THE FLOWERS OF WAR (Jin ling shi san chai) (2011)

Genre: Drama/War
Director: Zhang Yimou
Cast: Christian Bale, Ni Ni, Zhang Xinyi , Huang Tianyuan, Tong Dawei, Atsuro Watabe, Shigeo Kobayashi, Cao Kefan
Runtime: 2 hrs 25 mins
Rating: NC-16 (Violence and Sexual Violence)
Released By: Shaw
Official Website:

Opening Day: 29 March 2012

Synopsis: From internationally celebrated director Zhang Yimou (Ju Dou, Raise the Red Lantern, Hero, House Of Flying Daggers) comes a story of love and war - and a band of outcasts who emerge as unlikely heroes from the shadows of a city's occupation. At once lyrical and visceral, the film enters the apocalyptic world of Nanjing in 1937 only to find a vibrant human story about the invisible people of the city and a series of unexpected relationships that lead to a resonant act of sacrifice.

It begins when the danger in the streets of Nanjing throws together a group of opposites --a flock of shell-shocked school children, a dozen seductive courtesans, and a renegade American (Academy Award winner Christian Bale, The Fighter, The Dark Knight) posing as a priest to save his own skin, or so he thinks - all seeking safety behind a walled cathedral. Trapped by marauding soldiers, over the next few days the prejudices and divides between them will fall away as they unite around a last-ditch plan to protect the children from impending catastrophe.


Because foreign commentators have not accorded the appropriate significance to the subject of the Japanese occupation of Nanking, there is a certain amount of righteous indignation whenever it is raised amongst the Chinese, whose ancestors had suffered at the hands of the Nippon invaders way back in 1937. Indeed, the fact that they have termed that dark chapter in their history ‘the rape of Nanking’- alluding not just to the pillorying of the city, but also literally to its inhabitants and especially its women- says a lot about their sentiments on the matter.

It is therefore quite impossible to expect objectivity from any Chinese treatment on the subject- even if it is from internationally acclaimed director and the once-enfant terrible of Chinese cinema Zhang Yimou- so the best one can hope for is subtlety, with Lu Chuan’s earlier box-office hit ‘City of Life and Death’ being an excellent example. Fortunately therefore, though Zhang Yimou’s take begins on an overtly jingoistic slant, it eventually settles for a nuanced approach that exudes the very humanity at the heart of Yan Geling’s story, becoming a moving and poignant account of heroism and self-sacrifice.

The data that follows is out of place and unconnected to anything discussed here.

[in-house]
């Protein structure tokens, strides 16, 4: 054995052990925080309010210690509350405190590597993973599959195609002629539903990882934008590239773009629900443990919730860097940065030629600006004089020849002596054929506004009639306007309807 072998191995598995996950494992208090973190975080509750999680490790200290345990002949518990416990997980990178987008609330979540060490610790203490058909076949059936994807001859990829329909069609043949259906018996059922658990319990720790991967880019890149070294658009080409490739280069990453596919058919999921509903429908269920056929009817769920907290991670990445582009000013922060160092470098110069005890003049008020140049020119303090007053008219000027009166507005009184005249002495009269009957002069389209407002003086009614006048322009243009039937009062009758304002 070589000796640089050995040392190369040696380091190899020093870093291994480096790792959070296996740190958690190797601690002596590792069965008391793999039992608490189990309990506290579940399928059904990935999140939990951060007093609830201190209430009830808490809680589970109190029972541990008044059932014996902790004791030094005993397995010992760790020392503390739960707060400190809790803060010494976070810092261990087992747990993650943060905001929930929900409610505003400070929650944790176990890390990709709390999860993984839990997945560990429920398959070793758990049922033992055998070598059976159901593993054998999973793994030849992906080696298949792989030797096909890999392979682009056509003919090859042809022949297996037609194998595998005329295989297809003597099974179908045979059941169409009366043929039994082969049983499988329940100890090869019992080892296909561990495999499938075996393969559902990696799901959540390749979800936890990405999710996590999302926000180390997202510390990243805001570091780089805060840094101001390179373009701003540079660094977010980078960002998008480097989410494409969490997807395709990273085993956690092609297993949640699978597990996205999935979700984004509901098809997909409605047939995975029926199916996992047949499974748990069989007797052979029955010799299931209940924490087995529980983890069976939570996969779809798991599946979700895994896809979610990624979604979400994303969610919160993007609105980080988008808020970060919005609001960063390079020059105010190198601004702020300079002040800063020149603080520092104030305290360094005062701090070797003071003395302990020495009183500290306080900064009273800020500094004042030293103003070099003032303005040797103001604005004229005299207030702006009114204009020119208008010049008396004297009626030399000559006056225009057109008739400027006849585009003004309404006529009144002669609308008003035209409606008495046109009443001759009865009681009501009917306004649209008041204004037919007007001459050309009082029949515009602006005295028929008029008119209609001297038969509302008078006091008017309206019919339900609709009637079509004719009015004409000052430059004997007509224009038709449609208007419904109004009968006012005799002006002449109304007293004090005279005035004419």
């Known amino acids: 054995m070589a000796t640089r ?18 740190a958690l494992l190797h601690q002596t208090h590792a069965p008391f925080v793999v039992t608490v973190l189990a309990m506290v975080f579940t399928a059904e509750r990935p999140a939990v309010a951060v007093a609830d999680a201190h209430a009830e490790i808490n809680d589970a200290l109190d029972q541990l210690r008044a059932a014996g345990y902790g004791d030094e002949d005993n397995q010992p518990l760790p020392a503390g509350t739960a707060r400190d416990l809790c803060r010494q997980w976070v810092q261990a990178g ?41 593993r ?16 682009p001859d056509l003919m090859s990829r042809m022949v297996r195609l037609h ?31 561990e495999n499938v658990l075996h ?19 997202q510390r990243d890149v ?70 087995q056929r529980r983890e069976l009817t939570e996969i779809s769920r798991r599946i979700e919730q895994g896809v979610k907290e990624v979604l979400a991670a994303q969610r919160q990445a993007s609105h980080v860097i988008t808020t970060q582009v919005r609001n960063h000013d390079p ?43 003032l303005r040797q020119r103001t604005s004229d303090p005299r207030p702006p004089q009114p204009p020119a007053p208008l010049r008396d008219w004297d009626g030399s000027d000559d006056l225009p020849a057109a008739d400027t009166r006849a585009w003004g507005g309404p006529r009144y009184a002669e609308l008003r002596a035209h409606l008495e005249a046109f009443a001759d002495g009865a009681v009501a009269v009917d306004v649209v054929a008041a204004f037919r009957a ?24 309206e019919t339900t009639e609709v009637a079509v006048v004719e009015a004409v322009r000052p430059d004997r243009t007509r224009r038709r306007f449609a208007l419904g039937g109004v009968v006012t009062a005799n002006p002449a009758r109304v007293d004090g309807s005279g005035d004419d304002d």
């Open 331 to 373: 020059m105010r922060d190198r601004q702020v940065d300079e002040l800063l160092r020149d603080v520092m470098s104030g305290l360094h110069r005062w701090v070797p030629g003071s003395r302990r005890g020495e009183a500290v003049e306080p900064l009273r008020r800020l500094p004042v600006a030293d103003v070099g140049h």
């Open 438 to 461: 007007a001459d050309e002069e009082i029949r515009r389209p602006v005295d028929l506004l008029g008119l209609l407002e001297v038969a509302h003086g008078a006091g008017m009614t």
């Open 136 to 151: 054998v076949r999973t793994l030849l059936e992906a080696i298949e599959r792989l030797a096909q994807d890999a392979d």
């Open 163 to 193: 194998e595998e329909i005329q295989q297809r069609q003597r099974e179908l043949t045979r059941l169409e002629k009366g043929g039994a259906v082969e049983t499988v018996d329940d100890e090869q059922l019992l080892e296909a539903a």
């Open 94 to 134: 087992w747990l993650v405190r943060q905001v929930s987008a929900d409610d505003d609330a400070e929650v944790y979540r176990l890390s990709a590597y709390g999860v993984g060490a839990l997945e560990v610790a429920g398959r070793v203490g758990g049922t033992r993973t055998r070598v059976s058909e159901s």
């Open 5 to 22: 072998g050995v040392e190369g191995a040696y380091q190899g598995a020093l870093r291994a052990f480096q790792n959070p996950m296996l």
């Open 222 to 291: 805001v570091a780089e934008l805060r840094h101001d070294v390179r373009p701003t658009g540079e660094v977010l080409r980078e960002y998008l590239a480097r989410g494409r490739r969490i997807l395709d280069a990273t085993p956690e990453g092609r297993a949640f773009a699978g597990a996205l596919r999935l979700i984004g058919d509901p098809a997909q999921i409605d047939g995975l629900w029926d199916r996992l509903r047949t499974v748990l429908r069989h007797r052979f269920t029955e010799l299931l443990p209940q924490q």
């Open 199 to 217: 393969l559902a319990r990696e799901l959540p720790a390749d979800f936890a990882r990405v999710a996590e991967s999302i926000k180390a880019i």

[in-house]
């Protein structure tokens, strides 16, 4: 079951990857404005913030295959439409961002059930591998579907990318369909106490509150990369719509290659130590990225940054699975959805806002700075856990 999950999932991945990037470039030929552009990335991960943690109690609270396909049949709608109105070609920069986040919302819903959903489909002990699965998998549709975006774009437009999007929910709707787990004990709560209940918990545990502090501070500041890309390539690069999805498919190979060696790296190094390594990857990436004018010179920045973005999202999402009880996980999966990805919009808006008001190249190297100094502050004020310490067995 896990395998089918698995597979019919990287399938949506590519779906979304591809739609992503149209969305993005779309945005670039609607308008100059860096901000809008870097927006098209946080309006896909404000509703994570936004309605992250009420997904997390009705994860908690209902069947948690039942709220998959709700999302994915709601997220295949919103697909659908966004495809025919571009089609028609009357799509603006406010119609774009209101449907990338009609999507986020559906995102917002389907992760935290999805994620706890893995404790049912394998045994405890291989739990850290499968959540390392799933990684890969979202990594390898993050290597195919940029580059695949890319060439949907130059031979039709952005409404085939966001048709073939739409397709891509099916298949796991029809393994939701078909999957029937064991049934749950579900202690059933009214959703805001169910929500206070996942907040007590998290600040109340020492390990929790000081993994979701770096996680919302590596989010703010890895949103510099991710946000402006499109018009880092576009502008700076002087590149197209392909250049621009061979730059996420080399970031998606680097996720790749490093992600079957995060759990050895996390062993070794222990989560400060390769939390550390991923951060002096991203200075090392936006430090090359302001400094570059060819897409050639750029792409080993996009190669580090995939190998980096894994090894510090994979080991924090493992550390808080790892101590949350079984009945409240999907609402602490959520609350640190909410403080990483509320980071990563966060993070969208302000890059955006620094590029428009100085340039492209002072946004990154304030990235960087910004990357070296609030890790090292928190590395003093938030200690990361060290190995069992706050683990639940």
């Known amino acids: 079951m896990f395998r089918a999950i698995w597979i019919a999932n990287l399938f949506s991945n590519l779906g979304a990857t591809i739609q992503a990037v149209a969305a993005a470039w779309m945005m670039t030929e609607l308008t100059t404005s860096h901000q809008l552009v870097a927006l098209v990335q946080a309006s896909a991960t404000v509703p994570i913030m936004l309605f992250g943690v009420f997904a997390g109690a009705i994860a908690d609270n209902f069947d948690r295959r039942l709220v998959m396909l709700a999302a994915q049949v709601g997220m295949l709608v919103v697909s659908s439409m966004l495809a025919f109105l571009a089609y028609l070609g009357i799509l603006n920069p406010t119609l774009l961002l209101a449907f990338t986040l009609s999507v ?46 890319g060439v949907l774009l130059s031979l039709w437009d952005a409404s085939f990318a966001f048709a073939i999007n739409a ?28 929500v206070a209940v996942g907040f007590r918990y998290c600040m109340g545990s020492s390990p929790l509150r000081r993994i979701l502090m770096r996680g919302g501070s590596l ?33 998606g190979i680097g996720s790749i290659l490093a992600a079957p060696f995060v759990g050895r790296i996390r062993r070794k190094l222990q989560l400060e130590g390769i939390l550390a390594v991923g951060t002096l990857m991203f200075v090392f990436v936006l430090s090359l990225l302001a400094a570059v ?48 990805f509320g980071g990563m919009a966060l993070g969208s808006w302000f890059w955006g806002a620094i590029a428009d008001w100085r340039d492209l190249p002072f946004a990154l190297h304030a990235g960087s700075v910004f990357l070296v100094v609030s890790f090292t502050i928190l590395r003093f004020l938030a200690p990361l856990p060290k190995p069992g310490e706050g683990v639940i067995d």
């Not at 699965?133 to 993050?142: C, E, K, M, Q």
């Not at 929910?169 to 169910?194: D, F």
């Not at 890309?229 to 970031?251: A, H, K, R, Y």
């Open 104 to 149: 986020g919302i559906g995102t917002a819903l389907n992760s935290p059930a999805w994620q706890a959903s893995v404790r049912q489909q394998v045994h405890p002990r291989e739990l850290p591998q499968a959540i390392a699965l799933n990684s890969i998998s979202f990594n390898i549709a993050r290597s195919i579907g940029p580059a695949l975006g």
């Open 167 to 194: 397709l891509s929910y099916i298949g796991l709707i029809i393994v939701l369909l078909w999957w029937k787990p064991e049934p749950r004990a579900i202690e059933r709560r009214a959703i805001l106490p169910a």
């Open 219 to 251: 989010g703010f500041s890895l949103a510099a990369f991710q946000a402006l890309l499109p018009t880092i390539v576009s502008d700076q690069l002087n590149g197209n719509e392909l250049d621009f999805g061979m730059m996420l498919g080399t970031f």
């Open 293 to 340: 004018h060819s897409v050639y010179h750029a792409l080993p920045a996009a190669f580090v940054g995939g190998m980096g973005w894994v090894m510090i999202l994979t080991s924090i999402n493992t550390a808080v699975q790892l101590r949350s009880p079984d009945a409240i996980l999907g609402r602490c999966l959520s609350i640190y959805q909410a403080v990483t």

Opening with the first of just two battle sequences throughout the whole film, Yimou starts off emphasising the heroism of the Chinese soldiers who were outnumbered and outgunned by the invading Japanese troops. Amidst the blatant chest-thumping is a pair of convent girls trying to get back to the safety of their Catholic church, as well as an American mortician John Miller (Christian Bale) sent to attend to the last rites of the recently deceased parish priest. While the church’s boy warden George (Huang Tianyuan) and the dozen schoolgirls under his care think that Miller could be their way out of the city, he turns out to be anything but- well at least in the beginning.

Content to remain nonchalant to the plight of the girls, Miller instead binges on the communion wine supply in the church’s basement and ransacks the church for any money left as payment for his services. Better still, when some 13 ladies from the local brothels seek shelter at the church, he welcomes them as if elated at the prospect of his own personal harem. But transformation is at the heart of Yimou’s tale, and even though you know that by the end of the story Miller will rise to the occasion to save the girls, the path to that dramatic character turn is still deeply affecting.